New Buildings are Huge Carbon Hogs. Here’s How to Design Them to Last for Centuries.” Nate Berg writes about what it would entail to design lindy buildings, buildings that can last for generations and be repurposed for different purposes in future years.

Cormac McCarthy Set to Publish his 1st Novels in over 15 Years.” Brendan Morrow reports on some blockbuster literary news: two new McCarthy novels are on their way.

Reopen the American Frontier.” Jason Morgan argues that when the frontier “closed,” America tried to extend it via imperial ambitions. We should close that one down. But in another sense, the frontier remains a live and salutary possibility: “It is not too late to reopen the American frontier in every heart by going into the American land and living on it like true sons and daughters of the continent. This time, though, instead of an inexorable westward “wave,” let there be an ingathering of the exiles, from all corners of the globe where the imperial diaspora has reached. The American continent needs saving, and we, who have become so civilized by our imperium that we are able to incinerate the planet many times over at the touch of a button and the turning of a key, need rewilding—bad.”

“‘I Had Nothing to My Name’: Amazon Delivery Companies Are Being Crushed by Debt.” In a chilling in-depth report, Lauren Kaori Gurley details how Amazon treats the private companies it contracts with to deliver packages.

Happiness in a Fallen World.” Matt Civico opens his review of Aggressively Happy with an apparent contrast: “On the surface, Wendell Berry and Joy Marie Clarkson don’t seem to have much in common. One is an aging poet-farmer who writes on a typewriter in a shed, the other tweets a lot about tea and art. One is generally considered a grump while the other is often gleeful. But the two are kindred spirits, however unlikely.”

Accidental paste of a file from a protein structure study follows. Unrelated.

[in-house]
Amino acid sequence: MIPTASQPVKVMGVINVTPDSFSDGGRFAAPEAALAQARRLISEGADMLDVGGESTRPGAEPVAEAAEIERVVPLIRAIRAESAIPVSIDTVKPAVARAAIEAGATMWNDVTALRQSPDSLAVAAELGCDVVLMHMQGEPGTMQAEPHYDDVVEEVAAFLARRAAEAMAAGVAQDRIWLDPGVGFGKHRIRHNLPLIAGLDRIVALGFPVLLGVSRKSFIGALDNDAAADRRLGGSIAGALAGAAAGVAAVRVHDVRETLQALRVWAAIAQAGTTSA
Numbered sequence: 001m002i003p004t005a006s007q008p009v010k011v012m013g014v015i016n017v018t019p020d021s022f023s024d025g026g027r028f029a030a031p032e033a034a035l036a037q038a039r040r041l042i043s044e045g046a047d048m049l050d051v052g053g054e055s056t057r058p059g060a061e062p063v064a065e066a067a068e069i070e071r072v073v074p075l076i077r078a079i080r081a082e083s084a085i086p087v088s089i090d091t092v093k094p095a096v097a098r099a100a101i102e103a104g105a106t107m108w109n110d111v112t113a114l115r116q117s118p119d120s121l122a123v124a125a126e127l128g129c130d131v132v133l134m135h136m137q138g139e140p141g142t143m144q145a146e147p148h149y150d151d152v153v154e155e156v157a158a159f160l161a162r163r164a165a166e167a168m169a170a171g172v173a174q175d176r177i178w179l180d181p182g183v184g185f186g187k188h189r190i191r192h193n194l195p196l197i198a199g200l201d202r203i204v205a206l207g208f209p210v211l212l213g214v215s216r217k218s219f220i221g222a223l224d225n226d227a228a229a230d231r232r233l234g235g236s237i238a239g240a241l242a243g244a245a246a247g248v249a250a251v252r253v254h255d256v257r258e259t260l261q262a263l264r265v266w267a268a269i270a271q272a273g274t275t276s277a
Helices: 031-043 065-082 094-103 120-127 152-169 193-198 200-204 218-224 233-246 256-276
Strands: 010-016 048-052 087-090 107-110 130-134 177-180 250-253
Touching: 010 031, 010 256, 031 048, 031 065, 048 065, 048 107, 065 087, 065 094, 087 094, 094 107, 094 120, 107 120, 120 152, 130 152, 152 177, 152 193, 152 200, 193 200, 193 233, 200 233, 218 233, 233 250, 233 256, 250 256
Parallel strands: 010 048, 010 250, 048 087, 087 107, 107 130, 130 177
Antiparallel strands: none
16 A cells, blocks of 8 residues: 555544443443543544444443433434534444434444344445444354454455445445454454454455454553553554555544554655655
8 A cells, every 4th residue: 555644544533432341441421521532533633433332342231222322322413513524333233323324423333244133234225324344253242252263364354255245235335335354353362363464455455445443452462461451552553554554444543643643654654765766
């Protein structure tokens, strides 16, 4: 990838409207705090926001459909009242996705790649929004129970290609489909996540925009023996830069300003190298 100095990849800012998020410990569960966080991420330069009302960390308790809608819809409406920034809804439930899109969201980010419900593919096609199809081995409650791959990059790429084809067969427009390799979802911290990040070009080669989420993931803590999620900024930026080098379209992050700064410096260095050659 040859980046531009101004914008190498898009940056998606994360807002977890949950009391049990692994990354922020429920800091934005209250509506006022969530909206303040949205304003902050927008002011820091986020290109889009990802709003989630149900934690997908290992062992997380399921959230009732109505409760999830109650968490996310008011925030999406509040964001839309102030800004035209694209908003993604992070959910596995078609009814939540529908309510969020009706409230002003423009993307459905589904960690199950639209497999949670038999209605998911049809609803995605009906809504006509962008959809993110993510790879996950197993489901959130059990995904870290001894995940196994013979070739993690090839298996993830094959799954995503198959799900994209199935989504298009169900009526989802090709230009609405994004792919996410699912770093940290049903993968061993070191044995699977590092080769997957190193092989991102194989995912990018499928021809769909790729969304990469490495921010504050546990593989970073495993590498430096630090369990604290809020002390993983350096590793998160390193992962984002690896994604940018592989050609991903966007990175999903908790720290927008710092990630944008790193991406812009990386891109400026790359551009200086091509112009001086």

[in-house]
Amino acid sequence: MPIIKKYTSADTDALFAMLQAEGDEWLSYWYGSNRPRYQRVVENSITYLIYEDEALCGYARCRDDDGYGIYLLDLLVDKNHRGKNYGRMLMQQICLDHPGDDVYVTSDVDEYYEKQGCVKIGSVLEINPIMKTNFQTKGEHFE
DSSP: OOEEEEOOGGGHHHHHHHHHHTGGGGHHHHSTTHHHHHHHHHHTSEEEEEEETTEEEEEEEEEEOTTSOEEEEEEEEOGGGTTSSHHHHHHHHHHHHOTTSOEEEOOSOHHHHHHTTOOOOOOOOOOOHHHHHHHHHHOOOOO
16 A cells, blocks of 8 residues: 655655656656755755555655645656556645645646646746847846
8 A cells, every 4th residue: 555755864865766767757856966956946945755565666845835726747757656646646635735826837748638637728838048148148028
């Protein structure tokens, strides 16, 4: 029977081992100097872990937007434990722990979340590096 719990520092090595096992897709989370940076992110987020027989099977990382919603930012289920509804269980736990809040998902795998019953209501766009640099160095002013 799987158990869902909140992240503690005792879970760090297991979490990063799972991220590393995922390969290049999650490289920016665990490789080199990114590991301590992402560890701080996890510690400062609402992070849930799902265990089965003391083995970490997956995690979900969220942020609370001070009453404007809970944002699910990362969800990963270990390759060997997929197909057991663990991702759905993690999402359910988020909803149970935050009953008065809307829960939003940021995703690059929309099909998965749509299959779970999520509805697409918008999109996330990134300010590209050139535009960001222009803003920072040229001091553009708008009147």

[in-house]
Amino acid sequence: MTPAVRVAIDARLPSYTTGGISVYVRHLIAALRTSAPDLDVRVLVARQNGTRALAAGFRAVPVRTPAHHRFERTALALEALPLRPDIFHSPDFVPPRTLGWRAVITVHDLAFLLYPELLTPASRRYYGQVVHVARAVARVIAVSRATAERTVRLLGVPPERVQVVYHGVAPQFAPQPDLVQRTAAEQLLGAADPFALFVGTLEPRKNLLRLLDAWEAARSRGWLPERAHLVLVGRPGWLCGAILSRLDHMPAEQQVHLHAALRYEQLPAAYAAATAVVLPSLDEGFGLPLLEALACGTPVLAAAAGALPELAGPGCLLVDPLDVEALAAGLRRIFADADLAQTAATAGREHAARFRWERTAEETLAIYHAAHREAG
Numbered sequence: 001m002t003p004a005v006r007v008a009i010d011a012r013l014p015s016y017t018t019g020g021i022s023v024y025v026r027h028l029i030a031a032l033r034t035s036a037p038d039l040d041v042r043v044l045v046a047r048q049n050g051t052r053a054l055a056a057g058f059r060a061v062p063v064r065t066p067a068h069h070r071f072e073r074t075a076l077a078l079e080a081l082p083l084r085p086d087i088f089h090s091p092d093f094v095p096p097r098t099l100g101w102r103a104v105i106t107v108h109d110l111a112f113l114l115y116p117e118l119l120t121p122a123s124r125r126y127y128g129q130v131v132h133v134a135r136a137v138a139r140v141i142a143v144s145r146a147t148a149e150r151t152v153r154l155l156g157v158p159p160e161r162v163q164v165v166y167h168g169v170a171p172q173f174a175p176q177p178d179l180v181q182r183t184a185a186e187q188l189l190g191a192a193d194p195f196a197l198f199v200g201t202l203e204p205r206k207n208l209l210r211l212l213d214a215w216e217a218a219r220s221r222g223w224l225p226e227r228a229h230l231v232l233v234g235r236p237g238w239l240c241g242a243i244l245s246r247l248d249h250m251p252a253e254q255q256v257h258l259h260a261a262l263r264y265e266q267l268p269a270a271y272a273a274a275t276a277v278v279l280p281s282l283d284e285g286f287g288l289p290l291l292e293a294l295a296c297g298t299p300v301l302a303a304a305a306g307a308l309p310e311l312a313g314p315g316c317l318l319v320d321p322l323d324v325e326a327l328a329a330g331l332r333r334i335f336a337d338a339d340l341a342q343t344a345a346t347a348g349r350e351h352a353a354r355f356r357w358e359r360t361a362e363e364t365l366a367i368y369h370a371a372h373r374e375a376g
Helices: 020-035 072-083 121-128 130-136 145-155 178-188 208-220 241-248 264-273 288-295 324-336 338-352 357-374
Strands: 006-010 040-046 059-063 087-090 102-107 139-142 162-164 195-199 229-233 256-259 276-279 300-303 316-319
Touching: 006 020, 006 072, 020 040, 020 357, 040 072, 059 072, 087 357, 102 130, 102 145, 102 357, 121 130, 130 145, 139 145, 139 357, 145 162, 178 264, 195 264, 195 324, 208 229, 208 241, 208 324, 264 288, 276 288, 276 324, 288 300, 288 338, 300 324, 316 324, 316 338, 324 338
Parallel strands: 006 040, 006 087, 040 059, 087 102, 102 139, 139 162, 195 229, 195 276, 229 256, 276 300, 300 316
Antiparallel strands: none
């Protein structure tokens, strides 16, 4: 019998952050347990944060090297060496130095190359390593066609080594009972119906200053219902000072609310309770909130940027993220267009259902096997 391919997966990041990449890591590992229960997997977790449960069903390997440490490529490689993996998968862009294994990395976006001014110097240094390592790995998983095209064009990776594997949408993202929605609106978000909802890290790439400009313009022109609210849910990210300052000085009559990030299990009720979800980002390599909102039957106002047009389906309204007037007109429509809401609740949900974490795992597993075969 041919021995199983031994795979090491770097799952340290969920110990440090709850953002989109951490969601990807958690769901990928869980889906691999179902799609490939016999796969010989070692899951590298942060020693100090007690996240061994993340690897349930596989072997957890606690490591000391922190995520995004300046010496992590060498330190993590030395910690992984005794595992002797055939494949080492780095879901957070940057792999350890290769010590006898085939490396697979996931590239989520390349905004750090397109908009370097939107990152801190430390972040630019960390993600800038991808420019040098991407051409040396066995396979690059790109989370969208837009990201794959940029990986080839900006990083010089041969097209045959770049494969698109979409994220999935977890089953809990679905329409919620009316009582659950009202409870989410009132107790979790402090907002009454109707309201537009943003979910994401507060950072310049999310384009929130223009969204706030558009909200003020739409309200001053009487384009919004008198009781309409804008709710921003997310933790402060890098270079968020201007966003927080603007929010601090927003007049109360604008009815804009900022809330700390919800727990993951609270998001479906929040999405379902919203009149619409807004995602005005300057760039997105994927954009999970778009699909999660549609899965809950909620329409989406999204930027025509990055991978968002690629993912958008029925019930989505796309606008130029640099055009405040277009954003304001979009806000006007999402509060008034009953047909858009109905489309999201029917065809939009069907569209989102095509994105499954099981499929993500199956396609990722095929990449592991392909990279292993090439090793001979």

So Baseball Won’t Die, After All.” Eric Barrow and Sam Fels try to make sense of the deal that has baseball back on track for a full season: “progress in these sorts of things is never rapid or violent, but slow.”

Local Culture
Local Culture
Local Culture
Local Culture


  1. You didn’t really capture the point of the Leibovitz piece, which is hugely important, by saying “it’s okay to change your mind”.
    Maybe we don’t need a “reckoning”, i.e., payback for what’s been done, but at least an apology is clearly in order, not just for people to say “oops I changed my mind, let’s just forget about it and pretend it never happened.” As she concludes:
    “No political, social, or spiritual project is more urgent than the one that begins with three small words: I’m so sorry.”
    And that doesn’t mean “I’m sorry” in the sense of “I’m sorry for your loss.”
    “Before we can all move on and welcome each other into our ever-growing tent, it’s essential that we stop, reflect, and ponder whether there might be someone we’d maligned or marginalized, and then admit it and apologize. And not because of some touchy-feely or moralizing reason, but for the simplest and most practical one: Because if you don’t, the same mistakes will happen again.”